How to Against Wheat Midge
Farmers in most areas of Saskatchewan need to be aware of wheat midge, says Scott Hartley, Saskatchewan’s provincial specialist for insect pest management. Specifically, eastern Saskatchewan, primarily east central and southeast.There’s another section from Prince Albert south,“extending quite a ways, at least down to close to Bethune.”Midge threats in Alberta aren’t as high, but are more pronounced east of Edmonton and in the Peace region. However, Alberta Agriculture and Forestry warns that individual fields may have high economic levels, as variability from field to field has been high in the past.
The severity of the problem, Hartley says, will be dependent on climatic conditions. Wheat midge, he says, is favoured by moist conditions, so if we have a wet growing season, there’s a higher risk of wheat midge flourishing.
What can you do?
If you’re growing wheat (other than winter wheat), especially if you’re not growing some of the newer midge-tolerant varieties, you’ll want to keep an eye on the calendar.
“Late June to early July is usually the start of midge emergence across most areas, but this will depend on where you are” and the climate conditions, mostly temperature, says Hartley. During that key time period, monitor your fields. Ideally, says Hartley, “in the evening to give you an idea what your midge populations are like. Usually we recommend one midge per four to five wheat heads as being a reasonable economic threshold, mainly for yield.”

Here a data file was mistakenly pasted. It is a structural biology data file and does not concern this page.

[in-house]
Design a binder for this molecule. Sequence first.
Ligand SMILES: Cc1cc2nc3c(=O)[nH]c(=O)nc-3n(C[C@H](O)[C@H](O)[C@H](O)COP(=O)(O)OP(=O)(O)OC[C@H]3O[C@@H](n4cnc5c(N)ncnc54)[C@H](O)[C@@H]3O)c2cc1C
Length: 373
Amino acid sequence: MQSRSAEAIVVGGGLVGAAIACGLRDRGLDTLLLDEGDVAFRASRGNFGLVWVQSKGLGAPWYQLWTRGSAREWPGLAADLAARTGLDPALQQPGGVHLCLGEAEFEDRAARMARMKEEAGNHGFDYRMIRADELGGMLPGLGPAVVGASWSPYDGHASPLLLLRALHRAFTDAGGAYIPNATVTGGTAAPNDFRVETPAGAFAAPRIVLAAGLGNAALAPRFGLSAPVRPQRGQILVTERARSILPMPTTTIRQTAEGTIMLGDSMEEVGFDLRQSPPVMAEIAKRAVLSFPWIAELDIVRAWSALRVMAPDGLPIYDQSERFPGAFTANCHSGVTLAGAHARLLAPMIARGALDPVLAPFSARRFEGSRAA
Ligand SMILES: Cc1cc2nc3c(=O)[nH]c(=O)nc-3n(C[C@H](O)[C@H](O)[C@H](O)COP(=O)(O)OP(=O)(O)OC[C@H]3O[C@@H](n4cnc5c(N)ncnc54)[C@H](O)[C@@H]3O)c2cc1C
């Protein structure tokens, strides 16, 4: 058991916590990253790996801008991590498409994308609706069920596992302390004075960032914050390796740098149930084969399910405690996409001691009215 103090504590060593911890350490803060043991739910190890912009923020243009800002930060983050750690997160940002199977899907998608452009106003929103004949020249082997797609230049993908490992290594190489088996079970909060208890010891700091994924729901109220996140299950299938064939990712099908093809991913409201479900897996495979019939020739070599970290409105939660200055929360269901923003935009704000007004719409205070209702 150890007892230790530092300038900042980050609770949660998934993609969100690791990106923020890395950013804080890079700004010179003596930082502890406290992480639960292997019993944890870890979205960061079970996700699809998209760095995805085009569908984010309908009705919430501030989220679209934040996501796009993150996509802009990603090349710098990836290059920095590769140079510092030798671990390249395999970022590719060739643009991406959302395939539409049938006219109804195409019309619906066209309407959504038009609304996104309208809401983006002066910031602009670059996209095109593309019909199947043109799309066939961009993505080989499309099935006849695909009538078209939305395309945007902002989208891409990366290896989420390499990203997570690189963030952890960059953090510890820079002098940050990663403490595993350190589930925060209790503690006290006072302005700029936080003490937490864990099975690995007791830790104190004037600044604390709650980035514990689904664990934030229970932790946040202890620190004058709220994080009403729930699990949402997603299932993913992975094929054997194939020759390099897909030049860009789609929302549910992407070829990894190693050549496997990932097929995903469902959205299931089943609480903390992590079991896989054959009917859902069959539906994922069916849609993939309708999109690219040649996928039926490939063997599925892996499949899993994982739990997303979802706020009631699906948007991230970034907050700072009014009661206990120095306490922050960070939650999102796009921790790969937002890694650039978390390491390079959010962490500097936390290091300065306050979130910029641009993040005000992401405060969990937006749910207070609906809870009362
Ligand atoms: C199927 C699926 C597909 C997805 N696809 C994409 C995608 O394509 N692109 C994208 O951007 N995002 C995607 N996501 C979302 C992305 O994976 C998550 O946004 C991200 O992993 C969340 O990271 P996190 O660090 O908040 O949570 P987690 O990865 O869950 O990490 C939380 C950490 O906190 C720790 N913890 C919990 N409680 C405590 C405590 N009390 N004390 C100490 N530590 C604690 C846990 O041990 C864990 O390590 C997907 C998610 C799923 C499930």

If you’re looking for “top quality wheat, a durum or equivalent” for particular specialty markets, where buyers may have tighter standards, then one midge per eight to 10 wheat heads is what you’ll be looking for, says Hartley.
Pay attention to the “susceptible period, which can be affected by the timing of crop growth. Wheat is most vulnerable to midge damage as soon as the boot splits and any part of the head is visible until we see anthesis, which is flowering. If your plants get past the flowering stage and there’s no midge present yet, then the threat lessens because the plant has built up its natural resistance,” says Hartley.
If you’re above the economic threshold for the varieties you’re growing, you’ll want to apply an insecticide. Where there is variability within a field, Hartley says, you may be able to spot spray and “highlight certain areas and cut down on costs.” However, “in many cases it’s a case of full field spraying.”
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